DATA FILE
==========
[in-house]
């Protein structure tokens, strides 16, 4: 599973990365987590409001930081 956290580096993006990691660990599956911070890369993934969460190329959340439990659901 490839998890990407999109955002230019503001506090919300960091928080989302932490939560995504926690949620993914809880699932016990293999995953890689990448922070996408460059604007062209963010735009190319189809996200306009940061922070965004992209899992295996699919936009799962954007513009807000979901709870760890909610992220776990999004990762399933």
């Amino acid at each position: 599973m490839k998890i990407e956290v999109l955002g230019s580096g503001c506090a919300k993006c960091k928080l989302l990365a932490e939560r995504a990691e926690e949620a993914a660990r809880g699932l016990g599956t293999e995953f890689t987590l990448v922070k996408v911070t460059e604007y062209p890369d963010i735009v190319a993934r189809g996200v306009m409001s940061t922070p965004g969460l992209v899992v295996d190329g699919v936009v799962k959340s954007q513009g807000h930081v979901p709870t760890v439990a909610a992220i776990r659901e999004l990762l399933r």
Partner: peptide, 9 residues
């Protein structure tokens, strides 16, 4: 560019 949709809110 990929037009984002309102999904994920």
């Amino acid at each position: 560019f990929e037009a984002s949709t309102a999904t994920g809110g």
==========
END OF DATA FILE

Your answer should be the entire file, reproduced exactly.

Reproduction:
[in-house]
């Protein structure tokens, strides 16, 4: 599973990365987590409001930081 956290580096993006990691660990599956911070890369993934969460190329959340439990659901 490839998890990407999109955002230019503001506090919300960091928080989302932490939560995504926690949620993914809880699932016990293999995953890689990448922070996408460059604007062209963010735009190319189809996200306009940061922070965004992209899992295996699919936009799962954007513009807000979901709870760890909610992220776990999004990762399933």
């Amino acid at each position: 599973m490839k998890i990407e956290v999109l955002g230019s580096g503001c506090a919300k993006c960091k928080l989302l990365a932490e939560r995504a990691e926690e949620a993914a660990r809880g699932l016990g599956t293999e995953f890689t987590l990448v922070k996408v911070t460059e604007y062209p890369d963010i735009v190319a993934r189809g996200v306009m409001s940061t922070p965004g969460l992209v899992v295996d190329g699919v936009v799962k959340s954007q513009g807000h930081v979901p709870t760890v439990a909610a992220i776990r659901e999004l990762l399933r």
Partner: peptide, 9 residues
């Protein structure tokens, strides 16, 4: 560019 949709809110 990929037009984002309102999904994920």
């Amino acid at each position: 560019f990929e037009a984002s949709t309102a999904t994920g809110g």